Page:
Floetry: The Least

It was literally the least they could do.

The very least human dignity should be able to expect.

I told a friend yesterday that I was “overjoyed” for the family and friends and loved ones, but that was a lie. I was trying to muster up some elation, even just some relief. This is good news, right? I should feel that, right?

But I don’t. Because it was literally the least they could do.

Auntie Zora says if we’re silent about our pain, they’ll kill us and say we enjoyed it.

That’s how they get us, you see, tossing out picked-over scraps from the bountiful table they call “justice” and then expect us to shuck and jive in joy over what we’ve been found worthy to receive.

They’ll even beat us dancing: “Look! What a relief! Let us celebrate together in unity!”

Translation: “I abetted your destruction. I’m not sorry. But whew, I did the bare minimum to stay ahead of the game as always.”

For them, I will not celebrate. I will not absolve. I will not find relief.

For us, I will take this small moment of victory. Find grateful joy. Recharge to fight another day.

After all, that’s how the ancestors got us this far. That’s how we’ll get our descendants to where they are/will be.

It was the least they could do. But we’ll see to it they do more.

Dedicated to Brother George Floyd, his loved ones, and all of our own who have lived, loved, and murdered.

#ShutDownAcademia #ShutDownSTEM

Here is the text of my out of office message for tomorrow’s #ShutDownAcademia #ShutDownSTEM:

Subject: Away and Not Responding in observance of #ShutDownAcademia

Today I am away from my desk and not responding to email in observance of #ShutDownAcademia #ShutDownSTEM, a day of reflection and learning on ways to engage more effectively in anti-racist practice and activism: https://www.shutdownstem.com.

I will not be reading or responding to any emails received today. Instead, if you are someone who does not identify as Black, Indigenous, or a Person of the Global Majority (Person of Color), I encourage you to take at least a portion of this day to reflect on ways you can grow as an active accomplice in the fight against racism.

If you do not identify as a Black person in particular, I encourage you to take at least a portion of this day to reflect on ways you can grow as an active accomplice in the fight against anti-Blackness.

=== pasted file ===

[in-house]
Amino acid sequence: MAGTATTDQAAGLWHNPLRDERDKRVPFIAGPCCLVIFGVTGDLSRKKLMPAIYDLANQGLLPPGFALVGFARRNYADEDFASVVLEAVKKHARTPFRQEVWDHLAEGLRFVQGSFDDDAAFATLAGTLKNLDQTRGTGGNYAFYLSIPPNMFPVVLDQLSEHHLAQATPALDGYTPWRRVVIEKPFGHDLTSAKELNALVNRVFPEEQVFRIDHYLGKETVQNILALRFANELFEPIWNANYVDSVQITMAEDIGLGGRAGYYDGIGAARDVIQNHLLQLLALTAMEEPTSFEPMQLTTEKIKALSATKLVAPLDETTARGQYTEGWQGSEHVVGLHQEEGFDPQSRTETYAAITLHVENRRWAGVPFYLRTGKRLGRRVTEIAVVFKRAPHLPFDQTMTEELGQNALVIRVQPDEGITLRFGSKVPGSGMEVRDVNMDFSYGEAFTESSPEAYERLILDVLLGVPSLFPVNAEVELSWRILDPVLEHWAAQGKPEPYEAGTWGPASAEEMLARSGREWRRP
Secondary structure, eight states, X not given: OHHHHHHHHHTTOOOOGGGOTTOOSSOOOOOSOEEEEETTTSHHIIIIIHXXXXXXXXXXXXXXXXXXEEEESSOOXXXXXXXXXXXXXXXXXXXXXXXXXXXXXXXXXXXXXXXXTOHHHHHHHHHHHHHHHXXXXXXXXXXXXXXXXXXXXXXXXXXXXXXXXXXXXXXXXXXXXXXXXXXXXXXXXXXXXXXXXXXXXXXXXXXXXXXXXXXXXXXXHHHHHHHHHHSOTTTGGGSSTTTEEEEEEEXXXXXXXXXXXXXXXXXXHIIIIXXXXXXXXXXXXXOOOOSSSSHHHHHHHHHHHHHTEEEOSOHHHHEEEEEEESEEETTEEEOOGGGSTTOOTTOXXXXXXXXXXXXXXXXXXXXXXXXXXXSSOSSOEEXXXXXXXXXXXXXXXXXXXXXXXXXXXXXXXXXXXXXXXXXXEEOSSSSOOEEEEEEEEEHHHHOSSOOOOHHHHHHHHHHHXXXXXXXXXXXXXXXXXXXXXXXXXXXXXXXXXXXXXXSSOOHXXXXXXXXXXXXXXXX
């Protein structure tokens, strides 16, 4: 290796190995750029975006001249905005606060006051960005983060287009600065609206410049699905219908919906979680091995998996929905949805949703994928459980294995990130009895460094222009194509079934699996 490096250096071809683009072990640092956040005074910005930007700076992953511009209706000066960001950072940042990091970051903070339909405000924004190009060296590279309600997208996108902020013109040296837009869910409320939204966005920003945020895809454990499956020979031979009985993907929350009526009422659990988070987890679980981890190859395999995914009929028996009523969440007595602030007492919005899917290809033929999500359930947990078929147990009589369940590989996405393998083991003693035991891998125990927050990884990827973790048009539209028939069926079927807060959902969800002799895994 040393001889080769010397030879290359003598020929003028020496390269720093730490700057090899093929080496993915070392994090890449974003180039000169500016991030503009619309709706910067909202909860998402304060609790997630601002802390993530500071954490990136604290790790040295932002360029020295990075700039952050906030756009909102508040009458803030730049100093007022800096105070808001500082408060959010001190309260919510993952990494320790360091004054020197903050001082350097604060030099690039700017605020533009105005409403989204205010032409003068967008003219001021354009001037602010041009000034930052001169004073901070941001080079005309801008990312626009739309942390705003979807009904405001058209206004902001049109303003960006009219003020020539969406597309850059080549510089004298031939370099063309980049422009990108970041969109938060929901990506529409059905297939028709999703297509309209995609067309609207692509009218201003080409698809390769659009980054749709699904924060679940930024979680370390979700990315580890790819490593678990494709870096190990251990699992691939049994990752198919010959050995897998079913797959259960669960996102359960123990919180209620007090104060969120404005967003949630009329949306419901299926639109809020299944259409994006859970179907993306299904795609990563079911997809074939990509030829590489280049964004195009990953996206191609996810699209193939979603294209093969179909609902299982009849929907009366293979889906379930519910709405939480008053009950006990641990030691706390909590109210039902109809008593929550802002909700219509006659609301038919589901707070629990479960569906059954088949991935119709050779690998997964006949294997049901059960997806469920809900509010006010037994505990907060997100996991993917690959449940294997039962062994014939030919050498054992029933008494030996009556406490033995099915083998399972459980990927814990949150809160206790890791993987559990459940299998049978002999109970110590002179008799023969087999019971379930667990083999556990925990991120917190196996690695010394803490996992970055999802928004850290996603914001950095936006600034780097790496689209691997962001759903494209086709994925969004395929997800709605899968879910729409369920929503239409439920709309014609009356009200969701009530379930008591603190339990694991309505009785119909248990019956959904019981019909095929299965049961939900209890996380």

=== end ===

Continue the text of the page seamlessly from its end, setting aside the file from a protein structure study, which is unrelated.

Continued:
In addition to the resources on the #ShutDownAcademia #ShutDownSTEM site, I recommend the following posts from my blog, At the Intersection:


I’ll leave you with a poem I wrote a while back that really captures where my heart is right now:


Ode to the Ancestors

It’s exhausting Mr. Du Bois,

that double consciousness wears me thin

I’se tired

Ms. Rushin, my bridge is broken down,

sagging, ain’t taking nobody else nowhere

I gotta take off this mask

Mr. Dunbar, it itches my face and gives me a rash

I’m hungry, starving

Ms. Simone, but all they offer me is the trauma of that strange fruit

My voice is hoarse and I don’t wanna sing no more

Ms. Angelou, I just wanna break out my cage and fly

But I’ll be alright

Ms. Clifton, we’ll celebrate this life I have shaped

I’ll be okay

Mr. Hughes, that dream deferred is still a dream comin

I thrive

Ancestors, because your legacy is my strength

In solidarity,

AH

Against the Grain: At It Again

It’s already rough enough being Black in America and the world right now. But then I find nonsense like this.

We already know the libraries, publishers, and vendors periodical Against the Grain is garbage of the highest order (see statement from the Association of Asian Pacific American Librarians Association and the Chinese American Librarians Association on a recent racist and xenophobic article printed, and later retracted, there). It turns out I’d been a direct party to their garbage and didn’t even know it, for reasons you’ll see in my open letter below. Special thanks to Abigail G. for bringing the situation to my attention and helping to raise a fuss.

Here’s a quote in an article from early last month (MY month, no less!) by Kirsten Kinsley, Assessment Librarian at Florida State University, on learning analytics that essentially quotes my work, while citing to the work of a white guy:

Inflammatory rhetoric ends Kyle Jones’ (2019) piece, Just Because You Can Doesn’t Mean You Should: Practitioner Perceptions of Learning Analytics Ethics: